Regulator presses Simplify to help clients change conveyancer

Conveyancing: Disruption continues

The Council for Licensed Conveyancers (CLC) is pressing the Simplify group to reach a position where it can provide its files to clients who wish to change lawyer following the recent cyber-attack.

Ten days on from the attack, the latest updates from the CLC and Simplify – which owns Premier Property Lawyers, JS Law, DC Law and Advantage Property Lawyers – said that all contracted completions due last week took place.

Simplify said it was now moving on to exchanging contracts on files that were ready to exchange and complete.

“We continue prioritising those transactions scheduled to complete this week, we are also now working on cases that are nearing exchange of contracts, with systems in place to progress them through to exchange and completion.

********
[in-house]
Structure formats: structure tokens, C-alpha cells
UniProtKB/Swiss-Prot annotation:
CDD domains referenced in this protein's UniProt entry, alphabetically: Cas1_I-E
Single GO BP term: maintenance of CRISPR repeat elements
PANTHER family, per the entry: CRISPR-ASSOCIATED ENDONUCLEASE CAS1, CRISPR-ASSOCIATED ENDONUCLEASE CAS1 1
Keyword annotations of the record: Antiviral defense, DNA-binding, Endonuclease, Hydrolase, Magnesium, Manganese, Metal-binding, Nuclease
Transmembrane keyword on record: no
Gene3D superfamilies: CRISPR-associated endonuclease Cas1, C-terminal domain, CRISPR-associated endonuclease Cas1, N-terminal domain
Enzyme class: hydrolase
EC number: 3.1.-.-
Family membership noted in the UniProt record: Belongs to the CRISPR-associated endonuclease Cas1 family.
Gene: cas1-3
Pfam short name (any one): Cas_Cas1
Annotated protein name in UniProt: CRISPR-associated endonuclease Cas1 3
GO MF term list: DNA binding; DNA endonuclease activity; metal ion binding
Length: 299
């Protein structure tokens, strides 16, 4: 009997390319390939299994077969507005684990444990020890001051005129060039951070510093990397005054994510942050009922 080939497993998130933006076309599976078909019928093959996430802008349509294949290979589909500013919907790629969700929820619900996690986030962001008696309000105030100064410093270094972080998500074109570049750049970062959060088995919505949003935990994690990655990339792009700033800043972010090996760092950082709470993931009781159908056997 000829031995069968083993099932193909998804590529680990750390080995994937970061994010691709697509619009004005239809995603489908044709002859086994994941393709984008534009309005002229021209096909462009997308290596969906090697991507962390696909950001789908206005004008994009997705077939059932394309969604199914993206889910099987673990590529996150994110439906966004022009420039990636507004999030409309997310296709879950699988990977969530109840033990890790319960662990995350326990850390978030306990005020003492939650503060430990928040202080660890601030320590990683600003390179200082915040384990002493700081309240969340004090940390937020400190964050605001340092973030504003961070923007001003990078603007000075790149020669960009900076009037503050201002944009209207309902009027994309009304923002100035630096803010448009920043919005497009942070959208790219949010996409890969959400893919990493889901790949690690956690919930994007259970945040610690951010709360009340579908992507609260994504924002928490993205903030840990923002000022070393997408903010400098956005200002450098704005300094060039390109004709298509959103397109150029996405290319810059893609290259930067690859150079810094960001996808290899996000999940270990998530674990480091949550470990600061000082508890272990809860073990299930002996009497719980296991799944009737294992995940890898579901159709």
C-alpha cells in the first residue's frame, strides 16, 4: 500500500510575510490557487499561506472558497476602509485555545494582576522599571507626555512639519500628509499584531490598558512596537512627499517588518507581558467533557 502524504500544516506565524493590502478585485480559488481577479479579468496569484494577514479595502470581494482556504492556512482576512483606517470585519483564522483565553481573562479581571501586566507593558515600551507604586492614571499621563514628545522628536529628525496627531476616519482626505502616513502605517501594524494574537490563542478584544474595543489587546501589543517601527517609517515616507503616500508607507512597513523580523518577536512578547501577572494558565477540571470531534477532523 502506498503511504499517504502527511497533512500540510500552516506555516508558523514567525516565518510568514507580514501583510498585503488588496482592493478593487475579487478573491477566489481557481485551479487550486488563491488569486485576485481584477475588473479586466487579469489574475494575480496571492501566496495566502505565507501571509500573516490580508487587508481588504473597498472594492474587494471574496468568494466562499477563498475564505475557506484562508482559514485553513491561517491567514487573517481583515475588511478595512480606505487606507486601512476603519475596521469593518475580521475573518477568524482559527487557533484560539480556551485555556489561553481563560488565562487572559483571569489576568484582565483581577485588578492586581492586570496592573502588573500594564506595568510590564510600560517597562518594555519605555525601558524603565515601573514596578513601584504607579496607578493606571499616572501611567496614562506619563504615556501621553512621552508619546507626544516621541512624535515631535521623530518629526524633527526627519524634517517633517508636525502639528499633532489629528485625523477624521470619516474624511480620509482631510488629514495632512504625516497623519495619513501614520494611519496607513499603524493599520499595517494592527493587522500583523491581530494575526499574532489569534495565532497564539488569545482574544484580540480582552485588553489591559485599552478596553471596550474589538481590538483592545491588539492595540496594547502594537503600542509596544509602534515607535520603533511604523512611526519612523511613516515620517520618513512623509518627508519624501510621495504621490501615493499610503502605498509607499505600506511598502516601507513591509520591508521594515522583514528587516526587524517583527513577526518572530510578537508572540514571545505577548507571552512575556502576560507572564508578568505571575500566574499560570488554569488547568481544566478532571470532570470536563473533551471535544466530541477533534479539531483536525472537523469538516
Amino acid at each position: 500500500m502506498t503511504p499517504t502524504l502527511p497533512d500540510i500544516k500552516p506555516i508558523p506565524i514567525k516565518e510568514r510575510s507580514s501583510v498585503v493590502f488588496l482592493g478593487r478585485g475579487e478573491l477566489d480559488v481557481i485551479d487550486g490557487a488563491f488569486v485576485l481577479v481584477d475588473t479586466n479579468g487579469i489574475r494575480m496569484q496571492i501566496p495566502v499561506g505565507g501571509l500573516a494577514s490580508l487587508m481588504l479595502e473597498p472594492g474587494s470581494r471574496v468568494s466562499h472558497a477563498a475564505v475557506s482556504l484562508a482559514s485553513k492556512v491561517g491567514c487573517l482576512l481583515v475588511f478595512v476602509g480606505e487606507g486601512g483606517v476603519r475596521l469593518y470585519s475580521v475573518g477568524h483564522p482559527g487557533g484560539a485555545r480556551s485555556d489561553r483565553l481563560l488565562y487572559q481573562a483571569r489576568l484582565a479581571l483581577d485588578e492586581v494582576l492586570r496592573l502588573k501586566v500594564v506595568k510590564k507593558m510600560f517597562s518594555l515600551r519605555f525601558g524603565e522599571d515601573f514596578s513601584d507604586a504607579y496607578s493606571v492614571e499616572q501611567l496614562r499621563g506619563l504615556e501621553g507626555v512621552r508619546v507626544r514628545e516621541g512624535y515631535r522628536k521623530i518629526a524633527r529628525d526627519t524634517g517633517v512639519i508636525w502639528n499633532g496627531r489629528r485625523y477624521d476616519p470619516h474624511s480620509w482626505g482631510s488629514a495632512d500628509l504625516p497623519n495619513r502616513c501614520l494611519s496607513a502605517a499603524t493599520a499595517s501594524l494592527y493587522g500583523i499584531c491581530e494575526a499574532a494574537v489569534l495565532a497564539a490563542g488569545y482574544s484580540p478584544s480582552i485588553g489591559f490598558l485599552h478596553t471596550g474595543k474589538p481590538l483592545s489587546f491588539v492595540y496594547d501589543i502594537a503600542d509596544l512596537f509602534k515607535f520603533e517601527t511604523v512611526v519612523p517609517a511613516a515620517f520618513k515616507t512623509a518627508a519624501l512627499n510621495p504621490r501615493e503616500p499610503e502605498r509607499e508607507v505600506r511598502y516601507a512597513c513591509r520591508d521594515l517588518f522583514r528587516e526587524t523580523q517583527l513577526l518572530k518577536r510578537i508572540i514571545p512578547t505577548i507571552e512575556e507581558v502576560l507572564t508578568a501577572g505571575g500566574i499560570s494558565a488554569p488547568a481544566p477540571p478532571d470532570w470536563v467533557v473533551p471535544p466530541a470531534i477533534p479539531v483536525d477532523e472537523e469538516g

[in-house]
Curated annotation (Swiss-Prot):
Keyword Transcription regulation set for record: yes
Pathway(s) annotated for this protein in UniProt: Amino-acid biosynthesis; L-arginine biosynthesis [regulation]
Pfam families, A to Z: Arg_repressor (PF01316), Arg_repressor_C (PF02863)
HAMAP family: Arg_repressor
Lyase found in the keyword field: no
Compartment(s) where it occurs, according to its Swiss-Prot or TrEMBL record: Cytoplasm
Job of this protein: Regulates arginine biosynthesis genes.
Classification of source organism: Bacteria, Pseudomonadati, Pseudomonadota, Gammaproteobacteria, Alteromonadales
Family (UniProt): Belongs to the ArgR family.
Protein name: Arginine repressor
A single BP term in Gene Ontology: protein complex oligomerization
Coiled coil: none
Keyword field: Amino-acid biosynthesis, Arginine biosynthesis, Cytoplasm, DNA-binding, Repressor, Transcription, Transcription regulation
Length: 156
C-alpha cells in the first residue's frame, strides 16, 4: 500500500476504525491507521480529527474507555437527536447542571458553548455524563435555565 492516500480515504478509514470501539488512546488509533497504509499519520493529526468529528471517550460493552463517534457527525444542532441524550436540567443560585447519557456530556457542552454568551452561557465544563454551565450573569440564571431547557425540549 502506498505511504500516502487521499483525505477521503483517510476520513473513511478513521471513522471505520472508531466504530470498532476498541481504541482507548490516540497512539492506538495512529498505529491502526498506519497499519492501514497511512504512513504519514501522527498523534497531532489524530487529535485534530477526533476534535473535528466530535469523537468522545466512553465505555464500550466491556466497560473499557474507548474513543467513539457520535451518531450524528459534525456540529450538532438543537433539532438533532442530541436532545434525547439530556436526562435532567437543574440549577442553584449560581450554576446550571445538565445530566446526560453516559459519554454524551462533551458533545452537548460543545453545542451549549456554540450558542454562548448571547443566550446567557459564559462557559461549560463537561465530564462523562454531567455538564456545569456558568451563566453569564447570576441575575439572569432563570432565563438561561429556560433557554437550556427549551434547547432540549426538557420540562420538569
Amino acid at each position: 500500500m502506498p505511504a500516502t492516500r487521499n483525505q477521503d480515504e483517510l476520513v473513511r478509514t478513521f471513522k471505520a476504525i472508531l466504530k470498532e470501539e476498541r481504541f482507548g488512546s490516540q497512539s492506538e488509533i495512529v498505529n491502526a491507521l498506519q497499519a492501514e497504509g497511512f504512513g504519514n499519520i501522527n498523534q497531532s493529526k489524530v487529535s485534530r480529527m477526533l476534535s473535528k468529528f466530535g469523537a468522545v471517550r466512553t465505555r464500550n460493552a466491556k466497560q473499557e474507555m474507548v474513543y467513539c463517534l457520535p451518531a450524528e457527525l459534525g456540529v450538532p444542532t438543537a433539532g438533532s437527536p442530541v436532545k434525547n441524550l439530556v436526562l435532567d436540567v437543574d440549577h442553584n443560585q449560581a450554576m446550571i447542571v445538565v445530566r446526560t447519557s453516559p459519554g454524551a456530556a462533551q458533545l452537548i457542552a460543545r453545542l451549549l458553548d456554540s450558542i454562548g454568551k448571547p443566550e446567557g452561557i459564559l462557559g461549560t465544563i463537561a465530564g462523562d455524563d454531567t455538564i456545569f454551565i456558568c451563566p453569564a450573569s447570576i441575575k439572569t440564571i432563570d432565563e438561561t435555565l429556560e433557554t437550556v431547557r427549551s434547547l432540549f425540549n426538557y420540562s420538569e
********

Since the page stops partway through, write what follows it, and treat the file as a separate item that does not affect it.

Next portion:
“While this is still taking a little longer than normal, we have already exchanged a significant number of contracts and we expect the number per day to increase steadily as the capacity of our restored systems builds.

“We also remain up to date on completing transactions that have already exchanged contracts and we expect this to continue going forward. We also now expect almost all remortgage completions to be up to date and be kept up to date going forward.”

Simplify has confirmed that clients who want to move to a different conveyancer will not be charged for the work it has done and that, once they are available, land searches already completed may be transferred too.

The CLC said: “Clients who have not yet exchanged contracts with their seller or buyer must consider whether to wait to progress their transactions when Simplify’s systems are running again or whether to instruct a different conveyancer.

“The limited access Simplify currently has to transaction files means that they cannot currently provide files to another conveyancer. We are pressing Simplify to address this.

“This could mean that you would need to start from the beginning, and this may result in your transaction taking longer.”

Simplify added that it was “continuing to actively contact clients” to update them on the situation.